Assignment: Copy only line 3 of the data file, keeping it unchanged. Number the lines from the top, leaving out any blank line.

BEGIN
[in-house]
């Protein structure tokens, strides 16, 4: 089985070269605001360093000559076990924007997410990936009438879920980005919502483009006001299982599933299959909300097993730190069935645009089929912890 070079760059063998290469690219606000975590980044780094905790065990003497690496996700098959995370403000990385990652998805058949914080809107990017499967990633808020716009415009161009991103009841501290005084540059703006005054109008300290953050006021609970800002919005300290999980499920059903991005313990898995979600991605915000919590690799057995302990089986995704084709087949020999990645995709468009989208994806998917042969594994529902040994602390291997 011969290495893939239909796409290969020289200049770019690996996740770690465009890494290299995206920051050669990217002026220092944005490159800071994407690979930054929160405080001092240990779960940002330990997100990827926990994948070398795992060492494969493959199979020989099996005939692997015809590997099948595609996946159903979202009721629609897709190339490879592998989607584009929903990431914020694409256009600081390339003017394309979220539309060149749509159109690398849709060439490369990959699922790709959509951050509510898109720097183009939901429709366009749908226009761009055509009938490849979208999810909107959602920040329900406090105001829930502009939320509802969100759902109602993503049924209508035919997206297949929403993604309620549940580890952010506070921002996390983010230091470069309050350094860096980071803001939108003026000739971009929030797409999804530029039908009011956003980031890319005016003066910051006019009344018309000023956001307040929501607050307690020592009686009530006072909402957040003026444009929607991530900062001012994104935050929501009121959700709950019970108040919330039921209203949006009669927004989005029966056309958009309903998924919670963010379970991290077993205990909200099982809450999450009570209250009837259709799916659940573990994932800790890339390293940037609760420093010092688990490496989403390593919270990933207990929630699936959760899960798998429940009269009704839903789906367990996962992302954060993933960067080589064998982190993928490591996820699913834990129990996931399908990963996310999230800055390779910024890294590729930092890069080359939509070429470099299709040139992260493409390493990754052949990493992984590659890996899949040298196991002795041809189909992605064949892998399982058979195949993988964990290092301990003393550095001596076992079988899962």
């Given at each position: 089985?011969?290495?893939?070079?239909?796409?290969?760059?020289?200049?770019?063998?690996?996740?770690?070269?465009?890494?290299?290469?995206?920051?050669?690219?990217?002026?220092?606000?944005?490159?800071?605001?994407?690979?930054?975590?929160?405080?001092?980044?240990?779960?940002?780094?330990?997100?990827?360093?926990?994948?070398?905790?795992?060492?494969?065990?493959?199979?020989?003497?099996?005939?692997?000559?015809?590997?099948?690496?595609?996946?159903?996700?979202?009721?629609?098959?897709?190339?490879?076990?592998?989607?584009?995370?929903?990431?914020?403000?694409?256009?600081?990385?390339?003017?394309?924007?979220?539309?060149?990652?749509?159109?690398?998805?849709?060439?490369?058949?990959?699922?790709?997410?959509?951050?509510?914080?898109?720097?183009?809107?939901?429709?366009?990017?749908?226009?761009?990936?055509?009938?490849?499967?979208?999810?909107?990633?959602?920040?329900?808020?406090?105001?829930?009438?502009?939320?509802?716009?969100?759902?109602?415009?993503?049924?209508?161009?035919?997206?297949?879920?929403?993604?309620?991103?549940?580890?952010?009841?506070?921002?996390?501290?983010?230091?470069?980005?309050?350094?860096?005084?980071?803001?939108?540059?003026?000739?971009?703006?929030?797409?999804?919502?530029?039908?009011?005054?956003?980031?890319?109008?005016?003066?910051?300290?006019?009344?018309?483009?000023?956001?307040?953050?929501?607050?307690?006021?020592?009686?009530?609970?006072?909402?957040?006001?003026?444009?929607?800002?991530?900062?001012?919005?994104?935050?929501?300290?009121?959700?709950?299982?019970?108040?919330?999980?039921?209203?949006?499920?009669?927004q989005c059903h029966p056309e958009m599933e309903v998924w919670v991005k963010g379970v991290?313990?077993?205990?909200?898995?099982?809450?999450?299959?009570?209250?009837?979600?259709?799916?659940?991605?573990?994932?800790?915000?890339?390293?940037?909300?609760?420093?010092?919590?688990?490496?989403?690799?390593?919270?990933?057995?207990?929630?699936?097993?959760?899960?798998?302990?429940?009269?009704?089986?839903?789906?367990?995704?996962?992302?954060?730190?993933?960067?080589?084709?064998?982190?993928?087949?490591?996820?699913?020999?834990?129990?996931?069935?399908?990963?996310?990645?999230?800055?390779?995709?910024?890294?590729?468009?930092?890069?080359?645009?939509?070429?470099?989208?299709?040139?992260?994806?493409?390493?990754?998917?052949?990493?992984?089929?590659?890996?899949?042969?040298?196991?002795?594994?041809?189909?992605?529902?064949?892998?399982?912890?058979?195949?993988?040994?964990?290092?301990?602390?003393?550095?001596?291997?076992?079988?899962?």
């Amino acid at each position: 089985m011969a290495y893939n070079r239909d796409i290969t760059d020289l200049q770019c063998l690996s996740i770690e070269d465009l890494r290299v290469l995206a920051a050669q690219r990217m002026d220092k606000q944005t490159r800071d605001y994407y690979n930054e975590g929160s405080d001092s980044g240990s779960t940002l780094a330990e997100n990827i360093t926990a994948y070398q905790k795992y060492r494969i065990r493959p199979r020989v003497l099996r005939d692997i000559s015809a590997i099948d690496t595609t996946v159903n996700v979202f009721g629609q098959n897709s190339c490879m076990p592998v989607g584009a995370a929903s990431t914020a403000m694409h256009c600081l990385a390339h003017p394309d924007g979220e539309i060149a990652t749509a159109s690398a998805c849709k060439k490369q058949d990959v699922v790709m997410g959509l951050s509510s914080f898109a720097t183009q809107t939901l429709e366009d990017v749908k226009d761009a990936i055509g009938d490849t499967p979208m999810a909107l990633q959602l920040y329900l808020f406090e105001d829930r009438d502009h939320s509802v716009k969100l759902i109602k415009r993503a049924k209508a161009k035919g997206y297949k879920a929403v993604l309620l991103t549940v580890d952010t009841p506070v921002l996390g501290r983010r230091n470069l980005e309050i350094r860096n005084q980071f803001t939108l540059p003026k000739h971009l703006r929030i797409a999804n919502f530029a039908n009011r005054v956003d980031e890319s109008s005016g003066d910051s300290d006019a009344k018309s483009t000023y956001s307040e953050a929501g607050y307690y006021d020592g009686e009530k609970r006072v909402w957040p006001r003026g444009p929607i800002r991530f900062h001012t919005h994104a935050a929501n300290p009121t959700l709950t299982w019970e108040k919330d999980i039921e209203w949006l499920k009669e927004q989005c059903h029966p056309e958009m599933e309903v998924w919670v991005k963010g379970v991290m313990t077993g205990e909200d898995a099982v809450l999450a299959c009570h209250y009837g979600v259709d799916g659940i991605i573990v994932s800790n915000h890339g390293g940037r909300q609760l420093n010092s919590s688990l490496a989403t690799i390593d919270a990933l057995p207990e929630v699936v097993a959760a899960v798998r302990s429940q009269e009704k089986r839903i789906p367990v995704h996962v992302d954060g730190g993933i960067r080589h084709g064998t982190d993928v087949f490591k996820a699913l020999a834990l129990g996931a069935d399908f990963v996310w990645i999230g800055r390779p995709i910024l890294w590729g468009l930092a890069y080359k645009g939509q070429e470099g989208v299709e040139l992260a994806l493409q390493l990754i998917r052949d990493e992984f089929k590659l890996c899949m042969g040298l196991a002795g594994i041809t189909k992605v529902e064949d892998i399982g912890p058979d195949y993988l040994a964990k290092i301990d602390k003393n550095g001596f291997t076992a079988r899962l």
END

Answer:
């Given at each position: 089985?011969?290495?893939?070079?239909?796409?290969?760059?020289?200049?770019?063998?690996?996740?770690?070269?465009?890494?290299?290469?995206?920051?050669?690219?990217?002026?220092?606000?944005?490159?800071?605001?994407?690979?930054?975590?929160?405080?001092?980044?240990?779960?940002?780094?330990?997100?990827?360093?926990?994948?070398?905790?795992?060492?494969?065990?493959?199979?020989?003497?099996?005939?692997?000559?015809?590997?099948?690496?595609?996946?159903?996700?979202?009721?629609?098959?897709?190339?490879?076990?592998?989607?584009?995370?929903?990431?914020?403000?694409?256009?600081?990385?390339?003017?394309?924007?979220?539309?060149?990652?749509?159109?690398?998805?849709?060439?490369?058949?990959?699922?790709?997410?959509?951050?509510?914080?898109?720097?183009?809107?939901?429709?366009?990017?749908?226009?761009?990936?055509?009938?490849?499967?979208?999810?909107?990633?959602?920040?329900?808020?406090?105001?829930?009438?502009?939320?509802?716009?969100?759902?109602?415009?993503?049924?209508?161009?035919?997206?297949?879920?929403?993604?309620?991103?549940?580890?952010?009841?506070?921002?996390?501290?983010?230091?470069?980005?309050?350094?860096?005084?980071?803001?939108?540059?003026?000739?971009?703006?929030?797409?999804?919502?530029?039908?009011?005054?956003?980031?890319?109008?005016?003066?910051?300290?006019?009344?018309?483009?000023?956001?307040?953050?929501?607050?307690?006021?020592?009686?009530?609970?006072?909402?957040?006001?003026?444009?929607?800002?991530?900062?001012?919005?994104?935050?929501?300290?009121?959700?709950?299982?019970?108040?919330?999980?039921?209203?949006?499920?009669?927004q989005c059903h029966p056309e958009m599933e309903v998924w919670v991005k963010g379970v991290?313990?077993?205990?909200?898995?099982?809450?999450?299959?009570?209250?009837?979600?259709?799916?659940?991605?573990?994932?800790?915000?890339?390293?940037?909300?609760?420093?010092?919590?688990?490496?989403?690799?390593?919270?990933?057995?207990?929630?699936?097993?959760?899960?798998?302990?429940?009269?009704?089986?839903?789906?367990?995704?996962?992302?954060?730190?993933?960067?080589?084709?064998?982190?993928?087949?490591?996820?699913?020999?834990?129990?996931?069935?399908?990963?996310?990645?999230?800055?390779?995709?910024?890294?590729?468009?930092?890069?080359?645009?939509?070429?470099?989208?299709?040139?992260?994806?493409?390493?990754?998917?052949?990493?992984?089929?590659?890996?899949?042969?040298?196991?002795?594994?041809?189909?992605?529902?064949?892998?399982?912890?058979?195949?993988?040994?964990?290092?301990?602390?003393?550095?001596?291997?076992?079988?899962?």